Investors across the globe ditched shares on Monday and fled to the safety of bonds as risk assets fell out of favor on growing fears of a U.S. recession, sending global yields plunging.
The gloomy mood was expected to spread across Europe and U.S. markets, Spreadbetters showed, with London’s FTSE futures off 0.3 percent and E-minis for the S&P 500 skidding 0.5 percent.
MSCI’s broadest index of Asia-Pacific shares outside Japan dropped 1.5 percent to a one-week trough in a broad equities sell-off in the region.
Japan’s Nikkei hit a five week low after diving 3.1 percent for its largest one-day percentage fall since late December. South Korea’s Kospi index declined 1.7 percent while Australian shares faltered 1.1 percent.
Chinese shares was also in the red with the blue-chip CSI 300 index down 1.4 percent.
Concerns about the health of the world economy heightened last week after cautious remarks by the U.S. Federal Reserve sent 10-year treasury yields to the lowest since early 2018.
It would be recalled that U.S. 10-year treasury yields were last 1.9 basis points below three-month rates after yields inverted for the first time since 2007 on Friday.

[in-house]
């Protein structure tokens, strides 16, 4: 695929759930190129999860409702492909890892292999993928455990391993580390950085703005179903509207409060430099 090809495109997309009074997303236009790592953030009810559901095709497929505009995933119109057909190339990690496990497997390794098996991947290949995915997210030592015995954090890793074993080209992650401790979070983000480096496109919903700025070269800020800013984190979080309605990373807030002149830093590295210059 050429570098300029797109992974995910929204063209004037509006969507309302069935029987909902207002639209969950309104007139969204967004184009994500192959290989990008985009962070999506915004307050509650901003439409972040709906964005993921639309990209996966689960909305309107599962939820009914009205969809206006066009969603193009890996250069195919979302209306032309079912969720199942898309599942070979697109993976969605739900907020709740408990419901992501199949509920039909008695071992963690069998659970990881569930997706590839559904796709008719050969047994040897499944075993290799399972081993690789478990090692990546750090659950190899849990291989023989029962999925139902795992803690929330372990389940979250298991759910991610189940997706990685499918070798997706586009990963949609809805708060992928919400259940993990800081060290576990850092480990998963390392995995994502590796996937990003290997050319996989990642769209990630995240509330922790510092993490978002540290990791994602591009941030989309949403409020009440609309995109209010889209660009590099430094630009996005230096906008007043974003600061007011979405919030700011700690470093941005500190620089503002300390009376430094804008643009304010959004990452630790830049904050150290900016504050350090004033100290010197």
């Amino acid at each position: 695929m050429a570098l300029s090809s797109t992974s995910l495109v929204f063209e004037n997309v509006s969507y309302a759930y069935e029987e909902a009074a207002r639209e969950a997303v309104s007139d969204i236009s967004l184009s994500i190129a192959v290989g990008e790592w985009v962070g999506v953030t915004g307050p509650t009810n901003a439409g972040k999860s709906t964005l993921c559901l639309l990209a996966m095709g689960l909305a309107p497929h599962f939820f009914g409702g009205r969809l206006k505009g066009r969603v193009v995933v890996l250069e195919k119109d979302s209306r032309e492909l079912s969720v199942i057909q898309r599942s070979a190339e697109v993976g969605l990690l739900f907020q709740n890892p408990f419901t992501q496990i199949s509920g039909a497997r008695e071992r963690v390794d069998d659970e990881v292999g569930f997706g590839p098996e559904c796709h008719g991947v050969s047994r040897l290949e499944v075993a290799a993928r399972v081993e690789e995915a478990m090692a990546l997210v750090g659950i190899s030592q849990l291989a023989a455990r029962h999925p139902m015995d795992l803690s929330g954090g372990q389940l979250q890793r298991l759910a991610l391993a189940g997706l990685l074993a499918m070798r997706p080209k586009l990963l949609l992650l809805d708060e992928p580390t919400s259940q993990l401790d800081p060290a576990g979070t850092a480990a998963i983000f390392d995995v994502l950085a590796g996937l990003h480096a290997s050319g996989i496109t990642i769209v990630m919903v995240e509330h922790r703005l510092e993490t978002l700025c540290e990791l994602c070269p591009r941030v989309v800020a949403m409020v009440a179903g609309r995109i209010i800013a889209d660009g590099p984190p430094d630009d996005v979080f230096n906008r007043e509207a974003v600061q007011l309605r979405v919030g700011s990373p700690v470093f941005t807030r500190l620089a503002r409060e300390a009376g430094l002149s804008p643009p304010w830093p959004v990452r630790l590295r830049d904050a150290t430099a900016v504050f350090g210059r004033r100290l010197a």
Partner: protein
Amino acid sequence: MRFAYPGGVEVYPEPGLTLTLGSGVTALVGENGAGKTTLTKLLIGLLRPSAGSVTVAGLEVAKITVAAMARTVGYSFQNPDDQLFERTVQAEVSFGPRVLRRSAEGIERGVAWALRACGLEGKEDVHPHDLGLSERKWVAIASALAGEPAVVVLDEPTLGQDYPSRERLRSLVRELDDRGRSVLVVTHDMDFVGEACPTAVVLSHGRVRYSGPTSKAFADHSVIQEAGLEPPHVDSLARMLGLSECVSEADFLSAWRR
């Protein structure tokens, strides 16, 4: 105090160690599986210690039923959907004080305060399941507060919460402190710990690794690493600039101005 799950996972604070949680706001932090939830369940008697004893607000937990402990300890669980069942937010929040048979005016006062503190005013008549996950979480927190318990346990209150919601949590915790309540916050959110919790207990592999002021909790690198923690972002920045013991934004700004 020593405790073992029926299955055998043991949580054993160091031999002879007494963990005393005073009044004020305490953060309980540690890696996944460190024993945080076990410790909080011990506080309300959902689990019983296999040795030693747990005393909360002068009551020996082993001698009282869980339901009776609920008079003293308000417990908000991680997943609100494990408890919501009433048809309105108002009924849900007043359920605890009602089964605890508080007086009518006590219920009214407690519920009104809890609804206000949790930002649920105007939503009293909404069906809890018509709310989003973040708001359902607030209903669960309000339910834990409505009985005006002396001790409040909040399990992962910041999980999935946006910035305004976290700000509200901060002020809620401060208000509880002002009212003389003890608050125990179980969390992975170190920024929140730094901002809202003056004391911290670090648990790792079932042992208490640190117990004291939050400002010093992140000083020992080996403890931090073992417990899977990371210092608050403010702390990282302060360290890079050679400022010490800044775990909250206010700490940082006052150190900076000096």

Historically, an inverted yield curve – where long-term rates fall below short-term – has signaled an upcoming recession.
“The bond market price action is an enormous blaring siren to anyone trying to be optimistic on stocks,” JPMorgan analysts said in a note to clients.
“Growth, and bonds/yield curves, will be the only thing stocks should be focused on going forward and it’s very hard to envision any type of rally until economic confidence stabilizes and bonds reverse,” it added.
Compounding fears of a more widespread global downturn, manufacturing output data from Germany showed a contraction for the third straight month.
Meanwhile, in the United States, preliminary measures of manufacturing and services activity for March showed both sectors grew at a slower pace than in February 2019.